Understanding Sugar Syrups vs cooked sugar Stages
Precautions when working with cooked sugar
Be extremely careful when working with cooked sugar. Along with your mise-en-place, have a metal bowl of very cold ice water on your work station before starting to cook the sugar mixture. If sugar syrup falls on your skin, do NOT try to rub it off with your hand or using a towel. This will remove the syrup and your skin with it. Instead, immerse your hand into the cold ice water bath, and immediately see your doctor or go to the emergency. The severity of the burn depends on the temperature of the cooked sugar syrup.
Understanding sugar syrups
Sugar is one of the most essential commodities which is used invariably in making all kinds of sweet dishes. When you use the term 'syrup' it simply means a mixture of sugar with water. Sugar syrup density measurements are based on the amount of sugar added to 1 liter of water. To measure the density you need to use a hydrometer which gives you a specific gravity scale. Specific gravity has no units.
One very popular sugar syrup that is called simple syrup used for moistening each cake layer during cake assembly, is the syrup with a mixture of 1 part sugar (by weight) to 1 part water (by weight), boiled for 1 minute. This syrup is used cold or lukewarm when sponge cake is dry.
Sugar syrups are used for making ice cream, sorbets, to glaze pastries, to thin out liquors, to moisten cakes, to dilute chocolate or food coloring, meringues, caramels, chocolate mousses, etc
Simple syrup can be stored in the refrigerator for 1-2 weeks.
Understanding cooked sugar syrups
Cooked sugar is a solution of water mixed with sugar in which the concentration of sugar is very high, another words for syrups with sugar concentration ratios of 2:1 (2 parts sugar to 1 part water) or higher. It is called cooked sugar, because this sugar mixture will be cooked to a specific temperature according to the recipe that you are following. The more this sugar mixture is cooked at a higher temperature, the stiffer it will be once cooled to room temperature because most of the water will evaporate during cooking.
Cooked sugars are used to make showpieces using pulled sugar, glue for show pieces, etc.
Taking care of sugar crystallization
Before boiling sugar with water, to prevent sugar crystallization, make sure you stir the mixture to dissolve the sugar, before the mixture comes to a boil. You can do this anytime, but before the mixture begins to boil. Other ways to prevent sugar crystallization, is to add an acid ingredient in the mixture, eg; lemon juice, vinegar, or cream of tartar OR a bit of glucose. Another way to prevent sugar crystallization is to brush all around the pot using a brush moistened with water just after the mixture begins to boil. Don't worry if water drops into the mixture from the brush. Think about it, you just added a bit more water from the brush into the mixture. This will only delay the syrup from reaching the proper temperature by a few seconds or minutes.
Working with a Candy Thermometer
To accurately measure the temperature of the cooking syrup, use a candy thermometer. Always test the accuracy of your candy thermometer before using it. Fill a pot with water and once the water comes to a boil, dip the candy thermometer in the water and take a reading. A properly working candy thermometer should read 212deg. F. If for example, your candy thermometer reads 210deg. F at boiling point, you know that your thermometer is 2deg F off. Another words, add 2 to whatever the reading is and you should be fine.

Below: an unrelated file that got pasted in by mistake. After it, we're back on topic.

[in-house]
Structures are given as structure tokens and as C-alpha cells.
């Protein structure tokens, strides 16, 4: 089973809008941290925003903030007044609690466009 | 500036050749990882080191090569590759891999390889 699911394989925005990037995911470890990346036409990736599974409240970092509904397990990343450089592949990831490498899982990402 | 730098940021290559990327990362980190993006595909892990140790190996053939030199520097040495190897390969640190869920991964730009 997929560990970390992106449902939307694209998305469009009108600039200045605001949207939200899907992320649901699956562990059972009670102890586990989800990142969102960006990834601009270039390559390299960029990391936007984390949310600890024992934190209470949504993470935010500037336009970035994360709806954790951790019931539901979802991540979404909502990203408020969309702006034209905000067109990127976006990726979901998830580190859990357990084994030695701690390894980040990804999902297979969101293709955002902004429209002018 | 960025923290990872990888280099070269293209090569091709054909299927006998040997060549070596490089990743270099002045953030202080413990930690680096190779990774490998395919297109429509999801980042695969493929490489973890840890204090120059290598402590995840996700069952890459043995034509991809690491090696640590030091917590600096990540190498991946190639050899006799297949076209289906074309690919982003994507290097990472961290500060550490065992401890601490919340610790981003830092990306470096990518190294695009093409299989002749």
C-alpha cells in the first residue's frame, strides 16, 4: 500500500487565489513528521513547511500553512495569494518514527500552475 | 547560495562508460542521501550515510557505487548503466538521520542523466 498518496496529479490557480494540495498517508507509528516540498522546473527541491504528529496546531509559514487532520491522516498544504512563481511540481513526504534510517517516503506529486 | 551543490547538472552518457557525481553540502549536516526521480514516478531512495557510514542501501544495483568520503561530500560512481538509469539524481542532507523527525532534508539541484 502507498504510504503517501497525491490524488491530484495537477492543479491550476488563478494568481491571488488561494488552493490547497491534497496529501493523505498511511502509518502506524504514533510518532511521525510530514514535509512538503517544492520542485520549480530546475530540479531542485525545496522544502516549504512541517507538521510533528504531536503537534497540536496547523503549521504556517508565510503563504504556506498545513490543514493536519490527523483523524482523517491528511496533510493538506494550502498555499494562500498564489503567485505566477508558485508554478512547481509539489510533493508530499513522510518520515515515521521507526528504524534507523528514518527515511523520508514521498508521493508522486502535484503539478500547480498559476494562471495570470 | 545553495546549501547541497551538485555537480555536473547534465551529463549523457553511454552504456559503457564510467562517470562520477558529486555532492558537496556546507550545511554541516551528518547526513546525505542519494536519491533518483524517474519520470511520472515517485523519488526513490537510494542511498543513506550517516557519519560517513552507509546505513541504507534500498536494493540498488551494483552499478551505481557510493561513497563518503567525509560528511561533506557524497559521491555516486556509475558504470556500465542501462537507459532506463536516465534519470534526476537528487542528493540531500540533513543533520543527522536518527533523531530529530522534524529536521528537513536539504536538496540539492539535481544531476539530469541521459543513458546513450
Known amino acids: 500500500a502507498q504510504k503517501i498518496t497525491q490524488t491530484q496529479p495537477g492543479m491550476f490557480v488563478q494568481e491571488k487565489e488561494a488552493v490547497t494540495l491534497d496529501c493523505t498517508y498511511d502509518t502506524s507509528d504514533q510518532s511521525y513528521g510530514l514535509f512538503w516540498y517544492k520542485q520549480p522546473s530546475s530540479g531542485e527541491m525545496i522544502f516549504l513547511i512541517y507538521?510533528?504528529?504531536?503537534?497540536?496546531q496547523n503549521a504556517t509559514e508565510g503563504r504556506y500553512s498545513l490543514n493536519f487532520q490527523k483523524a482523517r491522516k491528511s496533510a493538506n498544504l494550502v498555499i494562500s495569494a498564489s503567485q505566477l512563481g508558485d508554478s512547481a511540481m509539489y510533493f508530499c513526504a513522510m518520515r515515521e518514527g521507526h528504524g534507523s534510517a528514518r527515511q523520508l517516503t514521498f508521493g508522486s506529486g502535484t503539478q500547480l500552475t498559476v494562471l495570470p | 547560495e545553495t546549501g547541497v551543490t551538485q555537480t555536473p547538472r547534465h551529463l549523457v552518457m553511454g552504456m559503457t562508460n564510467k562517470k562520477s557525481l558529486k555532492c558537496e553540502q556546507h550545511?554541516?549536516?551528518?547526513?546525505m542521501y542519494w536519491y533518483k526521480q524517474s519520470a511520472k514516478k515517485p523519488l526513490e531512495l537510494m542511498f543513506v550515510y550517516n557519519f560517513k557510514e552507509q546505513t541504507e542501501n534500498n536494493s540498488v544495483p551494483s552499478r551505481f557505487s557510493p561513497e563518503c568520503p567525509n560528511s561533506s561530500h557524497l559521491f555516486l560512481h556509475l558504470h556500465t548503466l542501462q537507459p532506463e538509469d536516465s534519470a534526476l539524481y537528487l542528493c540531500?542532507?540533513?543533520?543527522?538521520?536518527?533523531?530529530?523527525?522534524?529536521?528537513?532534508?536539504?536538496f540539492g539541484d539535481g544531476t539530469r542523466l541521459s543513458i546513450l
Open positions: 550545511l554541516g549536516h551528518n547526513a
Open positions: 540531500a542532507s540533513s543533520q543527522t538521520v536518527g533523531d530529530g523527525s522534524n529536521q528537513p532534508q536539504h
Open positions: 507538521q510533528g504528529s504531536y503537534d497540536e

The sugar goes through nine stages in the process of its cooking;
- Thread - This is the first stage of cooked sugar and it reaches this stage at a temperature of 110 degrees Celsius.
- Soft Ball - It is the second stage of cooked sugar with a temperature of 116 degree Celsius.
- Firm Ball - This is the third stage of cooked sugar and it reaches this stage at a temperature of 120 degree Celsius.
- Hard Ball - This is the fourth stage of cooked sugar and it reaches this stage at a temperature of 126 degree Celsius.
- Soft Crack - This is the fifth stage of cooked sugar and it reaches this stage at a temperature of 130 degree Celsius.
- Crack stage - This is the sixth stage of cooked sugar and it reaches this stage at a temperature of 134-138 degree Celsius.
- Hard Crack stage - This is the eight stage of cooked sugar and it reaches this stage at a temperature of 143-155 degree Celsius.
- Caramel - This is the seventh stage of cooked sugar and it reaches this stage at a temperature of 165-170 degree Celsius.
Correcting an over-cooked syrup
Lets suppose that you should have cooked the sugar syrup to 116 deg. C and you look at the thermometer and it says 125deg. C. What do you do? There is a very simple solution. Here's a hint. You over cooked the sugar, which resulted in having less water in the sugar syrup. Does that help? If not, here's what you do. Simply add more water and continue cooking the mixture from the beginning until the correct temperature. That's all!
Other uses with sugar
Candy is the simplest of all sweet dishes made by using only sugar and water. Candy is prepared by mixing sugar in either milk or water to form a syrup. This syrup is then cooked until it gets to a stage when it starts to form caramel.
The sort of candy being prepared depends totally on the components used and the time taken for the mixture to boil. Candy comes in a number of textures, from chewy and soft to brittle and hard. For making candy, the sugar needs to be cooked and it reaches various stages one by one as the temperature is raised. The candies formed at higher temperatures have a greater concentration of sugar and you will get hard and brittle candies. On the other hand, at lower temperatures, the candies are softer.